About 2,500 barristers in England and Wales, who are critical to the criminal justice system, have begun strike action over worries about legal aid funding.
They will decline to fill in at the last minute for colleagues whose cases are running late.
Where does the Problem Come From?
The problem arises from an unresolved financing dispute with the government. The government asserted that the action would exacerbate existing backlogs.
The Criminal Bar Association (CBA) has blamed ministers for delaying the implementation of a 15% increase in legal aid rates, as proposed by an independent inquiry.
According to the CBA, 15% was the bare minimum required to prevent the system from collapsing. In accordance with figures released last week, 10% of criminal barristers engaged in legally aided work withdrew from those cases over the last year.
Additionally, they demonstrated that the government’s efforts to eliminate a country wide backlog are progressing at a very low pace.
The action, which has the support of approximately 90% of criminal barristers, will start sooner than expected.
The Burden Faced by Barristers
The informal mechanism at the center of this dispute is the legal equivalent of getting off the substitute’s bench in the 87th minute after another player hobbles off.
If a lawyer is unable to attend a commitment in another court due to a delayed case in one, a colleague offers to examine the case file – frequently overnight – and acts as their substitute.
Once a judge is satisfied that both the prosecution and defense are adequately represented in court, he or she can proceed with the case to verdict.
If no counsel is available, judges may simply postpone the hearing.
Within weeks, the adjournments will compete for slots with new cases and the backlog.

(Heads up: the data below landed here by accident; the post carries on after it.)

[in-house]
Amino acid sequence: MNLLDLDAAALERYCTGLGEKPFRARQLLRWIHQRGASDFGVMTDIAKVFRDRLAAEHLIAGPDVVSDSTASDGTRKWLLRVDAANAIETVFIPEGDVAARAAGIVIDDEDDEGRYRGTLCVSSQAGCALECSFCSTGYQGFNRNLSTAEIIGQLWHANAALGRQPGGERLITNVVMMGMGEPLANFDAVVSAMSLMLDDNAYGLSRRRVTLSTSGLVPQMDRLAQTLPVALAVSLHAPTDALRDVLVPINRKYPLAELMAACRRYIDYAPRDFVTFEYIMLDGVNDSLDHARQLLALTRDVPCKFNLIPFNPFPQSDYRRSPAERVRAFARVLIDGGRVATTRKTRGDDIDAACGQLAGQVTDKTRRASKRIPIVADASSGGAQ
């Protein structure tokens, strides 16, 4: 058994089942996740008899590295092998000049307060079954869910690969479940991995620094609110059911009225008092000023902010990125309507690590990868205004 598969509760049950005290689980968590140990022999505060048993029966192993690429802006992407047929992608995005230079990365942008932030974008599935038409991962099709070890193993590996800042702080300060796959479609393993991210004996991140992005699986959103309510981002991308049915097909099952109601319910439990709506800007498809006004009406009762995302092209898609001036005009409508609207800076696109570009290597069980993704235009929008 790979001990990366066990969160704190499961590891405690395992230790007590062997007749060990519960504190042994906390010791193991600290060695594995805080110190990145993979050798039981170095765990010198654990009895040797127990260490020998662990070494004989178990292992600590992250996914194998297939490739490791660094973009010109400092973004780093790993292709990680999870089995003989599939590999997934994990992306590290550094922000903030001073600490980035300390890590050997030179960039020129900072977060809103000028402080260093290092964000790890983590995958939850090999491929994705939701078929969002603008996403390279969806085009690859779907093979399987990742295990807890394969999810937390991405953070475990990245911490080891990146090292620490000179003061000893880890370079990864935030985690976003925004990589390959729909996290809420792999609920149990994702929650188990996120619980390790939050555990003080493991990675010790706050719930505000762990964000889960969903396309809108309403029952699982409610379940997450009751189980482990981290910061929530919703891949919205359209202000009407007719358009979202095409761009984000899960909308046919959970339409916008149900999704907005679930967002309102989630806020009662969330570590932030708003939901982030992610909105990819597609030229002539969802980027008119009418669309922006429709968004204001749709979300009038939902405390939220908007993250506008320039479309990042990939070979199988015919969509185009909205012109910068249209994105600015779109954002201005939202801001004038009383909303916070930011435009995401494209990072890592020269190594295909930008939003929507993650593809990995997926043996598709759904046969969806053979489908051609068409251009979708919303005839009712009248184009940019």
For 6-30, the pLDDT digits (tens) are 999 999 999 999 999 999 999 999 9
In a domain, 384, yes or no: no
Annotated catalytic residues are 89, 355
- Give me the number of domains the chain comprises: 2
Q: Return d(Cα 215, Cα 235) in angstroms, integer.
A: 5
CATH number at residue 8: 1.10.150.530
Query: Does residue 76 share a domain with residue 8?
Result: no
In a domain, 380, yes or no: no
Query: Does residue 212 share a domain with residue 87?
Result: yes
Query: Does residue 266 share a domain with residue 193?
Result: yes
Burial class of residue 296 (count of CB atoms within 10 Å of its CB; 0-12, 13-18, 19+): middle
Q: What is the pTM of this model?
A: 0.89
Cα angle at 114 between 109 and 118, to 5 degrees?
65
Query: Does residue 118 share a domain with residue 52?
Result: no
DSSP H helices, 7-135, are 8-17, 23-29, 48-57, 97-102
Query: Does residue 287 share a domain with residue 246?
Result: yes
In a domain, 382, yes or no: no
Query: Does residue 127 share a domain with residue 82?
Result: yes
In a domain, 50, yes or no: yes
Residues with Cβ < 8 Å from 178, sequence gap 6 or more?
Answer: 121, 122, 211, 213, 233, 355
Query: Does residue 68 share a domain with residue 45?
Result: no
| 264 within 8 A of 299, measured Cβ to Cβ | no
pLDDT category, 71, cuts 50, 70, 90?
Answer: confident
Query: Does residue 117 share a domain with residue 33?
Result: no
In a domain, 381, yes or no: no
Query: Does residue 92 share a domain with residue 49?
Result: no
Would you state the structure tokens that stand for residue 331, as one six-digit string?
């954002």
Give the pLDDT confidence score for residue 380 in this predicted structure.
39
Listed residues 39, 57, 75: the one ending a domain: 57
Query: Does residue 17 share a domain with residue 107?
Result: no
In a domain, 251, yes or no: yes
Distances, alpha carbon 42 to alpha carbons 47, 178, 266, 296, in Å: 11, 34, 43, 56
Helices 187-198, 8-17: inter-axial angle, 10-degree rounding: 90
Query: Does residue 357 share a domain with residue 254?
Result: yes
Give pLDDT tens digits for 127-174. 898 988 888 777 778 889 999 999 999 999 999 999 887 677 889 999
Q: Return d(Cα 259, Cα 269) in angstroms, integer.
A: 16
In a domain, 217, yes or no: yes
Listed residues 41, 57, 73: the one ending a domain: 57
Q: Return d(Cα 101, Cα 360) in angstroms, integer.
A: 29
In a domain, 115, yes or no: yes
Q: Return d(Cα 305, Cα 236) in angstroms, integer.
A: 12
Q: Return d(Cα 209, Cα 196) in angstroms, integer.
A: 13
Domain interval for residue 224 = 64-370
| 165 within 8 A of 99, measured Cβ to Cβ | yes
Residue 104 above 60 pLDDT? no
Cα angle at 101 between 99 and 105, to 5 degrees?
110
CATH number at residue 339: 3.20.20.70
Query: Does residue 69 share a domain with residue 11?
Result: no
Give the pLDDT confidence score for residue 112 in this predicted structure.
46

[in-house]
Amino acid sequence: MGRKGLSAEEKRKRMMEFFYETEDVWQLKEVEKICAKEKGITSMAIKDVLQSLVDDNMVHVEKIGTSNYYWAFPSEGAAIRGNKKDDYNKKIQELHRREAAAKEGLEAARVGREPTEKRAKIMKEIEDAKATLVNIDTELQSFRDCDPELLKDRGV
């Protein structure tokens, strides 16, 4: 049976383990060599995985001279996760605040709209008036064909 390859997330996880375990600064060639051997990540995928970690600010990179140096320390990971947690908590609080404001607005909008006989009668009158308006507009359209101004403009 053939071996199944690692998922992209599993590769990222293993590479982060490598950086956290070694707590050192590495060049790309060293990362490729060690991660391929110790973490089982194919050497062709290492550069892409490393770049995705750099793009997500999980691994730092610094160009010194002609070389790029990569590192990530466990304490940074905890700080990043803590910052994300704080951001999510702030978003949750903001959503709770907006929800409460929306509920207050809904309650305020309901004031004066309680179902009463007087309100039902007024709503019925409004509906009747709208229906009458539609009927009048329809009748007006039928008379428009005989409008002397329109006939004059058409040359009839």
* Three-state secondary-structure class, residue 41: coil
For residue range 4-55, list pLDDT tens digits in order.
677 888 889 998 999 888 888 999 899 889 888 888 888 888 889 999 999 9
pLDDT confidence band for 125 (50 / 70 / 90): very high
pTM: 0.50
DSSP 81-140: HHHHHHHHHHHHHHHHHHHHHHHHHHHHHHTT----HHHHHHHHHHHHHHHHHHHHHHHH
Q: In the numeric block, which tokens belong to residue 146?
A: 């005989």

What is the worst-case scenario? All the prosecutions will be delayed for a number of months as judges struggle to determine how to proceed.
The government is outraged – yet many criminal attorneys, particularly the young, claim they are barely making a living and that there are now far too few of them remaining. The proof for that? Between October and December of last year, about 280 trials were postponed due to a scarcity of prosecutors and defense attorneys.
Recommendations by an Independent Review
Last year, an independent analysis warned that without an emergency infusion of £135 million into the legal aid system, courts might grind to a standstill.
The assessment, which was established in response to concerns that the system would collapse, concluded that governments should get funds to compensate for a significant loss of attorneys who are critical to the process.
Statement from the Ministry of Justice
The Ministry of Justice announced a £135 million annual increase in funding in criminal legal aid, which included criminal barristers’ fee increase, leading to a salary increase.
Justice Minister, James Cartlidge, acknowledged that the Court backlog is already shrinking as a consequence of prompt action and the hard work of legal professionals, and as a result of the ministry’s changes, the average criminal barrister will earn approximately £7,000 more per year.
The minister termed that a substantial wage increase and invited the Criminal Bar Association to collaborate with the ministry rather than causing an unnecessary disturbance in the courts, which will only delay justice for victims.